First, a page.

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No Charges Justified in Arrest of Man in Lunenburg County by RCMP


On April 15, 2016, SiRT was contacted by a CBC reporter in relation to three YouTube videos posted by a resident of Lunenburg County. They related to the arrest of a 53-year-old male in restaurant premises located in the County. SiRT’s Director determined the matter was of a significant public interest and would benefit from a SiRT investigation. 


SiRT’s investigation showed the male and his wife were seeking a zoning variation to allow their restaurant to become a lounge. That application met with resistance from those who lived nearby. Apparently in retaliation to that resistance, the male loudly played music from his business all day on February 27th and 28th. Late in the evening of both days the neighbours called police to complain. 


Police went to the restaurant both evenings. On the first they disconnected the speaker that was outside which ended the loud music. On the second night the again disconnected the speaker and seized it as evidence. The male was rude and uncooperative with police the first night, and refused to speak or meet with them the second night. He did, however, begin to make several calls to 911 complaining about the “theft” of his speaker.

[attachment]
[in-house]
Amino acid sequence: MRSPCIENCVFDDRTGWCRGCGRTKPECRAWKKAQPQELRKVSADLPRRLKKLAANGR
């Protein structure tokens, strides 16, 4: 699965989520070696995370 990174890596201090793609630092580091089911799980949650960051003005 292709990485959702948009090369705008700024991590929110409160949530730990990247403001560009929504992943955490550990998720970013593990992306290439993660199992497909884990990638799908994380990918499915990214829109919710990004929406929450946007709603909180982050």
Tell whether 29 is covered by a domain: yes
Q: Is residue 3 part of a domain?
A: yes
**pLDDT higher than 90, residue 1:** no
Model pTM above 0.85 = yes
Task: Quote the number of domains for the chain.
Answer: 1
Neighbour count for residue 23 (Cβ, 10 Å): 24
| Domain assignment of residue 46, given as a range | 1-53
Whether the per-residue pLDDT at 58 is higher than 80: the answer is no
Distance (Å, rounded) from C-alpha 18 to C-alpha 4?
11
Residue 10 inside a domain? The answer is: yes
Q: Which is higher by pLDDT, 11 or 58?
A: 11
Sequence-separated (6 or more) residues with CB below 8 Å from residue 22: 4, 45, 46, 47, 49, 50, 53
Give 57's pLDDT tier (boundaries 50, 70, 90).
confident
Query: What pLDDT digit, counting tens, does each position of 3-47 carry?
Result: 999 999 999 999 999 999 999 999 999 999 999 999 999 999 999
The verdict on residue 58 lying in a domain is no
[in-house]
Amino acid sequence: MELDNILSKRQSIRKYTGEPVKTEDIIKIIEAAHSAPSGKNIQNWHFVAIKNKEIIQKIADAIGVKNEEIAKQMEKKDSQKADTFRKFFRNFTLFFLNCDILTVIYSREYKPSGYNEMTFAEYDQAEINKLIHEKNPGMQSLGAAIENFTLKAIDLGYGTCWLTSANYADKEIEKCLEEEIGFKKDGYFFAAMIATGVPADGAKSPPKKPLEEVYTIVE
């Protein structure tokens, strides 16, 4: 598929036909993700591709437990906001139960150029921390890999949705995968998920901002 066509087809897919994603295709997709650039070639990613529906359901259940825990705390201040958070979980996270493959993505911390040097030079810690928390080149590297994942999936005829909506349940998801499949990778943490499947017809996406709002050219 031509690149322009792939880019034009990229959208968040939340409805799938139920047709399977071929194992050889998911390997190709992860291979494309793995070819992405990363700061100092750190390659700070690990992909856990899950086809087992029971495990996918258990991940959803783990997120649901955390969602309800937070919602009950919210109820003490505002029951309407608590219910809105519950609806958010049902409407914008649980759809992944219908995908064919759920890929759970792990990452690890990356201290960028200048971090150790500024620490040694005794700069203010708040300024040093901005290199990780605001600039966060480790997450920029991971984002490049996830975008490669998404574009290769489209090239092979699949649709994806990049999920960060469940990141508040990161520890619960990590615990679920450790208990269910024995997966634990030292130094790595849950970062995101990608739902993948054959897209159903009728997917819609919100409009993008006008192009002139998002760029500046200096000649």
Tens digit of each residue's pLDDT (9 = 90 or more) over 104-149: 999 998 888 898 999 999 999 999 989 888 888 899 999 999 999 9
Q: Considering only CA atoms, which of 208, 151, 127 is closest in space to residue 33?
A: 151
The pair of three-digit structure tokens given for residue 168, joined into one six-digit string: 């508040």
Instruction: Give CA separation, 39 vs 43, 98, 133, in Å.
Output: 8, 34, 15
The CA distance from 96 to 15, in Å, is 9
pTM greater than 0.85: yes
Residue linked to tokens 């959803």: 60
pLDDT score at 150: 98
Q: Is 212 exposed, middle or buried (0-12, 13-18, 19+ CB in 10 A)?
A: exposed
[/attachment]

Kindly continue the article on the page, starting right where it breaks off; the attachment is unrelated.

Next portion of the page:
On a few occasions the information passed along to police by the dispatcher, who received it from the 911 operators, did not match what the male had said in his calls. However, based on the information the police received they had grounds to believe the male had acted strangely for two days, was uncooperative with police, had reported seeing “Stormtroopers in police uniforms”, and told 911 he was a veteran in crisis and that he needed assistance. 


As a result of all this information the police had grounds to take the male into custody under the provisions of the Involuntary Psychiatric Treatment Act, and to enter his premises to do so. Once inside the premises the male actively resisted attempts to place him in custody. Rather than apply additional physical force to make him comply, a Conducted Energy Weapon was used, which caused the male to comply without additional force or injury. He was then taken for medical assistance. The force used in this case was reasonable.  As a result, there are no grounds for any charges against any police officer.


The Serious Incident Response Team is responsible for investigating all serious incidents involving police in Nova Scotia, whether or not there is an allegation of wrongdoing. 

The team can independently begin an investigation after a referral from a chief of police, the head of the RCMP in Nova Scotia or the Minister of Justice. It can also investigate after a complaint from the public.

The Police Act requires the director to file a public report summarizing the result of the investigation within three months after it is finished.


Media Contact:

Ron MacDonald, QC